What is slackpacking?
Want to go backpacking without lugging all that gear? Try slackpacking
You’ve heard of backpacking and you may even have heard of fastpacking, but what about slackpacking? I hadn’t heard of it until I hiked the West Highland Way last summer and as I was researching my trip, discovered that many hikers opt to slackpack it. Being keen to have the traditional backpacking experience, I didn’t pay much heed to the idea, but once I got on the trail, I must admit I felt the odd pang of envy during some of those 20-mile days when I passed a carefree slackpacker while i was rubbing my tired feet and I can definitely understand why some hikers do it. Read on to discover this lightweight approach to trail travel, the benefits of slackpacking and how to do it.
What is slackpacking?
Slackpacking is backpacking without carrying all of your gear on your back. You hike carrying a daypack with all you need for the day, but someone else carries your tent, sleeping bag, sleeping pad and camping stove plus any extra clothing and your supplies for dinner and breakfast – usually in a vehicle – and drops it at a prearranged camping spot. They might set everything up for you and even cook your dinner, or you take over at this point, set up camp and sleep under the stars. In the morning, you or someone else packs up your overnight gear, they ferry it on to the next campsite and you carry on down the trail on foot.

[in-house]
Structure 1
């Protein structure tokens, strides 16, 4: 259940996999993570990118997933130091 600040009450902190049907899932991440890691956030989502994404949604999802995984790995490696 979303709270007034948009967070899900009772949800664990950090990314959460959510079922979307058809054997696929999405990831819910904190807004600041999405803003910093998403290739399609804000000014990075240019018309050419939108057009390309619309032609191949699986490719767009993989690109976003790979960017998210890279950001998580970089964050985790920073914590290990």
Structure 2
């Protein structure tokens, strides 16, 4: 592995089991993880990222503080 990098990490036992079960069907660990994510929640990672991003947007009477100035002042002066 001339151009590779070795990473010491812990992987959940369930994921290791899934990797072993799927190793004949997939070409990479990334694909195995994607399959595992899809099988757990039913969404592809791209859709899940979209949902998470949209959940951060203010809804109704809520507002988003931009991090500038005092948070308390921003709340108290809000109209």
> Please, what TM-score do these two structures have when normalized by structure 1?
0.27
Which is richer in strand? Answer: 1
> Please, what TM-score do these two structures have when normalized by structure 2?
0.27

What are the benefits of slackpacking?
The biggest advantage of slackpacking, of course, is that you don’t have to carry a heavy load while you walk. If you’re taking care of your body or nursing an injury, this means you can walk unencumbered and focus on the trail without worrying about strain.
Hiking without a heavy backpack also allows you to go faster, which could be appealing if you’re trying to set a personal best on a fastpacking mission, or if you simply only have a few days off work and want to see as much as possible or reach your shuttle in time to get back to your desk on Monday morning.
It can also be a good way to tackle an especially grueling section of a thru-hike, for example the Roller Coaster on the Appalachian Trail or Stevens Pass to Rainy Pass on the Pacific Crest Trail. Arranging to slackpack these entire trails would entail a mind-boggling amount of logistics and expense, but you could look into doing it for these most difficult sections, and doing so could help keep your moral up. After all, the majority of AT hikers quit in Virginia! If it stopped you from being a statistic, maybe you would let someone else carry your gear for a few days.
Further, if you have other gear that you need to carry, such as camera equipment for outdoor photography, having someone carry your overnight gear might make things easier.
Finally, slackpacking may make some adventures accessible to those who might not otherwise be able to experience them. While we’re advocates of preparing for backpacking trips and thru-hikes with training and conditioning, there are plenty of valid physical reasons why someone might not be able to fulfill a long journey on foot and slackpacking allows them to do so, which gets more people outdoors.